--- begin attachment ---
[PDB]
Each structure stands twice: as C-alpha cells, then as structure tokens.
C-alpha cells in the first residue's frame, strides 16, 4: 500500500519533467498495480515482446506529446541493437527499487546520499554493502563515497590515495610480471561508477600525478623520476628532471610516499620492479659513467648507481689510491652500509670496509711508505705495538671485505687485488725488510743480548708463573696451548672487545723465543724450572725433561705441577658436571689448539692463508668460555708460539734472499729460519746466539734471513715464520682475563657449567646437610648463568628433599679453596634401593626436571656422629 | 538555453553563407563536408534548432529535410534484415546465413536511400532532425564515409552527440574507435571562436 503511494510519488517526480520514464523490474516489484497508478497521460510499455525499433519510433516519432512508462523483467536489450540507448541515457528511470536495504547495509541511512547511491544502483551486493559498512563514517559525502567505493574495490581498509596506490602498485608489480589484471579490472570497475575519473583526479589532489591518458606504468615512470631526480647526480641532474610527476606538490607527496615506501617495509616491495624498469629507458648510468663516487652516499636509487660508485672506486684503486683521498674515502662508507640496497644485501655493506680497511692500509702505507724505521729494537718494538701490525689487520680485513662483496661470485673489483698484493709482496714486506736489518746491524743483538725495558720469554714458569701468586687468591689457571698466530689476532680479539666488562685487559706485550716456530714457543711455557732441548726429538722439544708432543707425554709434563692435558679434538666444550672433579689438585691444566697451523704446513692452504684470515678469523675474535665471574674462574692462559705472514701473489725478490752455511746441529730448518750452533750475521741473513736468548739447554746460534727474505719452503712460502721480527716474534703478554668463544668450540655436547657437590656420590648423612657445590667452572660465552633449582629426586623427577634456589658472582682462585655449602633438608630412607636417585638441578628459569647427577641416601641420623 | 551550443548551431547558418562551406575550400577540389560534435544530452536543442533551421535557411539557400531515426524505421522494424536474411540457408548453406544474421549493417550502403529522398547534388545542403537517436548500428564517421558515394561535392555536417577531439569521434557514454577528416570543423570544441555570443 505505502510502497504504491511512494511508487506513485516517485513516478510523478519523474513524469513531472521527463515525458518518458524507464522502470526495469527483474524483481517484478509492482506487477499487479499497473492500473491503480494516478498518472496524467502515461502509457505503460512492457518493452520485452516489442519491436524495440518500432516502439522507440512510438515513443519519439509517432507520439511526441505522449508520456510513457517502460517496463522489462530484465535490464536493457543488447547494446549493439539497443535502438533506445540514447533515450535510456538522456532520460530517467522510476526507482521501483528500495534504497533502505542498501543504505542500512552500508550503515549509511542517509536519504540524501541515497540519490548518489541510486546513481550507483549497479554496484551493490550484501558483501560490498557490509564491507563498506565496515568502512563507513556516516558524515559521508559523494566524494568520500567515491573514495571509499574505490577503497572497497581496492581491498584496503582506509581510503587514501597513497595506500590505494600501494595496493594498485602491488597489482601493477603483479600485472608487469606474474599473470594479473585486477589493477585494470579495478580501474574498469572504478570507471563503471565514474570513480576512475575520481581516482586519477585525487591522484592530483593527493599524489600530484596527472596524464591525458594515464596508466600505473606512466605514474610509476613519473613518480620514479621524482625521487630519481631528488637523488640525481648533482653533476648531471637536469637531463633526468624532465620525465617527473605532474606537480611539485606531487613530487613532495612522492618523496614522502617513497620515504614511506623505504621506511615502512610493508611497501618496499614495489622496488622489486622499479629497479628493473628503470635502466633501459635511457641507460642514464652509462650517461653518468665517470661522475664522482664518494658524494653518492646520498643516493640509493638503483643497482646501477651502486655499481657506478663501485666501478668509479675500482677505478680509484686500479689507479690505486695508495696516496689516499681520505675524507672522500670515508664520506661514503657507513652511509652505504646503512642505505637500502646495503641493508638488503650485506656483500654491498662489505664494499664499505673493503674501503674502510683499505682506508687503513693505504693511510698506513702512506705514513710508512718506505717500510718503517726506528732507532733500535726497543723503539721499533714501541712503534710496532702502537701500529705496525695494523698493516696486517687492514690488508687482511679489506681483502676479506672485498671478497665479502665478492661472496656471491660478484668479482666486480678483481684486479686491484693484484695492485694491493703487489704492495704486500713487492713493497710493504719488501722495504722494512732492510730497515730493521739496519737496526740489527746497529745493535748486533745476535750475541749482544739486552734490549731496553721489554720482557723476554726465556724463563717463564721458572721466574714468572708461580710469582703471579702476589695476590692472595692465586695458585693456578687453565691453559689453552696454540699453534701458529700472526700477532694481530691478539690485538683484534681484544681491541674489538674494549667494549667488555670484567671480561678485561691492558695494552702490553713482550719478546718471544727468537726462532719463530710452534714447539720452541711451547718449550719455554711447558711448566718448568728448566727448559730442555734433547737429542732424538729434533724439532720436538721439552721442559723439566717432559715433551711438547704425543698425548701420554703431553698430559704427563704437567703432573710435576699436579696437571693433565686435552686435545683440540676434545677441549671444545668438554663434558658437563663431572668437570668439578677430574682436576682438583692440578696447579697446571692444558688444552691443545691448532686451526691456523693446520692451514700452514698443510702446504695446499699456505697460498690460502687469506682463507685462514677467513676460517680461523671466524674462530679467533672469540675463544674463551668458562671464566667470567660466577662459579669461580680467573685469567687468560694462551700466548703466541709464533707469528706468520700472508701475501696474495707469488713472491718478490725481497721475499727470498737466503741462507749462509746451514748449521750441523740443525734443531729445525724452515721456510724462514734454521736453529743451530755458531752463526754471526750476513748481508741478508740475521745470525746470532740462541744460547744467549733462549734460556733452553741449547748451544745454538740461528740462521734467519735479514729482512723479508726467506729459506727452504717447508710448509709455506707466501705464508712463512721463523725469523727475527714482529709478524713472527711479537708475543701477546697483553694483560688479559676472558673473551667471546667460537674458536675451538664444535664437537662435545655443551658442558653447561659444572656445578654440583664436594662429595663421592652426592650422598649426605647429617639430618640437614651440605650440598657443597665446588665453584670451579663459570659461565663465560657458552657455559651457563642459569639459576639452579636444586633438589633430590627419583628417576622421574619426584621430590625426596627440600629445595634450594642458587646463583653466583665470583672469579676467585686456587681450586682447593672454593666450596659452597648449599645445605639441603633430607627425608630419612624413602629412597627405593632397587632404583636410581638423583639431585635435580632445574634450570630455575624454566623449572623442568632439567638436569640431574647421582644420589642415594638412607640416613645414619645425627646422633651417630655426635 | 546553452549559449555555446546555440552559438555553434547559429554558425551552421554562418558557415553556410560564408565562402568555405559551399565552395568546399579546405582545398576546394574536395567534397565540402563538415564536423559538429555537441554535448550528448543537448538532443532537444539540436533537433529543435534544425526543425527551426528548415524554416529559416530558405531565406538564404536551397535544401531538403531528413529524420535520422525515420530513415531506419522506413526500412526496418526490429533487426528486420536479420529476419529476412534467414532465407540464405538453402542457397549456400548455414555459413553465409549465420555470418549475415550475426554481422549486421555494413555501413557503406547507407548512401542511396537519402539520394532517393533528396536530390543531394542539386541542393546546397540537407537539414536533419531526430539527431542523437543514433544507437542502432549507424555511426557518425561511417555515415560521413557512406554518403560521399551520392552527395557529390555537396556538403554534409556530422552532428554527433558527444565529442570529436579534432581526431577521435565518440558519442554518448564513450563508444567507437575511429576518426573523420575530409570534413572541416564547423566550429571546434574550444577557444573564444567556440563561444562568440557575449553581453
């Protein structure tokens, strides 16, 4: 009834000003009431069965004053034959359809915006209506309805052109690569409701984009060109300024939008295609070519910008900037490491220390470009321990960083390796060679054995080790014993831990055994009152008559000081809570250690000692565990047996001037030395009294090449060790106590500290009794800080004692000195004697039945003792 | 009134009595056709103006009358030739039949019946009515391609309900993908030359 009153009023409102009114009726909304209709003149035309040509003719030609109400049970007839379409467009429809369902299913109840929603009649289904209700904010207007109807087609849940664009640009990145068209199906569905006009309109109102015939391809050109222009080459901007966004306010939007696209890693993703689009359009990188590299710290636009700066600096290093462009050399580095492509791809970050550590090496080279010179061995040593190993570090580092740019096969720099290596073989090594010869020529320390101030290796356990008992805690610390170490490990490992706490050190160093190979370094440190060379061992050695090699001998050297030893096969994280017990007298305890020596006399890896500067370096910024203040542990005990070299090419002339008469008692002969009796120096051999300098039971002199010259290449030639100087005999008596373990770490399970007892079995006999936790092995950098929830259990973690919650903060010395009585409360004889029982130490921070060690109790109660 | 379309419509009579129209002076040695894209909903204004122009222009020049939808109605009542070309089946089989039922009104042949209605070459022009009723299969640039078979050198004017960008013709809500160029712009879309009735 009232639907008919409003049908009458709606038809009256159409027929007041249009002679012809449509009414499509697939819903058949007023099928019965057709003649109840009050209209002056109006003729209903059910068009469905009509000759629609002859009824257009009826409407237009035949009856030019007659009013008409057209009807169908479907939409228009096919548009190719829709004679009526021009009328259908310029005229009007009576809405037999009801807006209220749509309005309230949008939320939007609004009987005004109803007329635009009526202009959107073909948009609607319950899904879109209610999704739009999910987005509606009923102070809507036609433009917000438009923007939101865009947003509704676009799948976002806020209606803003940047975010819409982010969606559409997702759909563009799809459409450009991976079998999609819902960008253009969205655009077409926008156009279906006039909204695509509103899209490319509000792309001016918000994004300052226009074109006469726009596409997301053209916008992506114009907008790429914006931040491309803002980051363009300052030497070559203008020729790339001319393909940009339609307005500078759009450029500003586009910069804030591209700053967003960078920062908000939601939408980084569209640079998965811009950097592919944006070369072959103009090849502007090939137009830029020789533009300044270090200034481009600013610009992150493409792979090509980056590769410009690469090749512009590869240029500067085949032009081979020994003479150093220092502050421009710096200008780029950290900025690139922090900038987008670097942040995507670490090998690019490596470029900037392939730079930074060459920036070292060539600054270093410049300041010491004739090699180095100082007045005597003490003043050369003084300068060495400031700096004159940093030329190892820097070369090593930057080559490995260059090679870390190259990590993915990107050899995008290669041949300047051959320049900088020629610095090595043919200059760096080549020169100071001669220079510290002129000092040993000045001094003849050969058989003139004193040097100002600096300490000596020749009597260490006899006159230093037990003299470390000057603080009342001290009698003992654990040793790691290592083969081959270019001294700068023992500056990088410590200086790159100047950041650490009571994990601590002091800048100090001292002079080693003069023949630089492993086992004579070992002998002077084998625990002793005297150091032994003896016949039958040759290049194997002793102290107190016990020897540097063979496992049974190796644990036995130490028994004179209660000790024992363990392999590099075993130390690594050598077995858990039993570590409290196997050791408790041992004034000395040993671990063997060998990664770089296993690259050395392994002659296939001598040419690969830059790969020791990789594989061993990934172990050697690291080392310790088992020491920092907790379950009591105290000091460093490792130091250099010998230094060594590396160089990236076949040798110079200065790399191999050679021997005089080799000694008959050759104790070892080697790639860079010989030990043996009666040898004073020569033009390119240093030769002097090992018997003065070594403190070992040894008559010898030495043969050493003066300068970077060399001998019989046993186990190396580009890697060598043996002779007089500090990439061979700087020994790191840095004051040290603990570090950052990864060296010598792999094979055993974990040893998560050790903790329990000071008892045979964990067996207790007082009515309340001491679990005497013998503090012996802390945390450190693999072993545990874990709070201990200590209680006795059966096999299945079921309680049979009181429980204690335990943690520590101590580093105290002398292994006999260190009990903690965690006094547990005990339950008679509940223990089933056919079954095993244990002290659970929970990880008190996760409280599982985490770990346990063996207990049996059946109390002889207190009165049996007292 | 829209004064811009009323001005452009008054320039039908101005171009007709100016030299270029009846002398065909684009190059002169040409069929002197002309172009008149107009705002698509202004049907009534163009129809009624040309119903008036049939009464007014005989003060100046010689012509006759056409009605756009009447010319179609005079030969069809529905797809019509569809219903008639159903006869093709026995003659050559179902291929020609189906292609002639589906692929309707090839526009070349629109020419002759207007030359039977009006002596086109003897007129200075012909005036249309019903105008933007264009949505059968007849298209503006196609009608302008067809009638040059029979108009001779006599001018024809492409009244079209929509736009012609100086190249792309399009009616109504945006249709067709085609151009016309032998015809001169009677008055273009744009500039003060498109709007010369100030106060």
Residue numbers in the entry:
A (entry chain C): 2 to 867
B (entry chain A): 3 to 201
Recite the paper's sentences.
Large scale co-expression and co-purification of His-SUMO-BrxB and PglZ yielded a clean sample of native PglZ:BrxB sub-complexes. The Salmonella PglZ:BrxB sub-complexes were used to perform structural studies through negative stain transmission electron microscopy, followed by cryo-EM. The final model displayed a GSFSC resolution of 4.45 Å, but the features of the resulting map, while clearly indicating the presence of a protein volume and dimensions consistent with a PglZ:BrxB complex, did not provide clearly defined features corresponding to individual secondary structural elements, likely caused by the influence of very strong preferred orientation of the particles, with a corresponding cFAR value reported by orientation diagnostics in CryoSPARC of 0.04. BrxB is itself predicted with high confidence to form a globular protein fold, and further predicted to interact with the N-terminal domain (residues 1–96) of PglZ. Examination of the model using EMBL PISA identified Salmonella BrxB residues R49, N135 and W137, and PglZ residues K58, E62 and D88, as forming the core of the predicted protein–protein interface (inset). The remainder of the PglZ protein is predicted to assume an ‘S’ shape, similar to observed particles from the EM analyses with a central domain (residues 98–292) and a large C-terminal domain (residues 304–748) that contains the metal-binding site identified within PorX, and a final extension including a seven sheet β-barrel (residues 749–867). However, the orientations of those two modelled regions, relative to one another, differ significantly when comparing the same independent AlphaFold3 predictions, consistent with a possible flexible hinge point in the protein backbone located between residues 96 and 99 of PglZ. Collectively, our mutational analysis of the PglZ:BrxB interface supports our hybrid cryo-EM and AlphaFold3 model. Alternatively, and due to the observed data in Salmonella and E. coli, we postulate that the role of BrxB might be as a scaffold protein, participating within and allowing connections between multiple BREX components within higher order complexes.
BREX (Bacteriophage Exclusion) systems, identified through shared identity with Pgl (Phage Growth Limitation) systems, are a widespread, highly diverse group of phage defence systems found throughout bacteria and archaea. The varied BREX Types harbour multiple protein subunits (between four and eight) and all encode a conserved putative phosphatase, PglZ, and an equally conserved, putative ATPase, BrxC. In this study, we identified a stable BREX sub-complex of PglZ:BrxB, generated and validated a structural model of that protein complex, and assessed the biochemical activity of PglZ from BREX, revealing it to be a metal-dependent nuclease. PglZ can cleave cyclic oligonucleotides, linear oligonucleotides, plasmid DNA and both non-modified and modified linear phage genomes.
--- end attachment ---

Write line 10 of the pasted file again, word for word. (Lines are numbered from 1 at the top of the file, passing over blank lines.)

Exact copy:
BREX (Bacteriophage Exclusion) systems, identified through shared identity with Pgl (Phage Growth Limitation) systems, are a widespread, highly diverse group of phage defence systems found throughout bacteria and archaea. The varied BREX Types harbour multiple protein subunits (between four and eight) and all encode a conserved putative phosphatase, PglZ, and an equally conserved, putative ATPase, BrxC. In this study, we identified a stable BREX sub-complex of PglZ:BrxB, generated and validated a structural model of that protein complex, and assessed the biochemical activity of PglZ from BREX, revealing it to be a metal-dependent nuclease. PglZ can cleave cyclic oligonucleotides, linear oligonucleotides, plasmid DNA and both non-modified and modified linear phage genomes.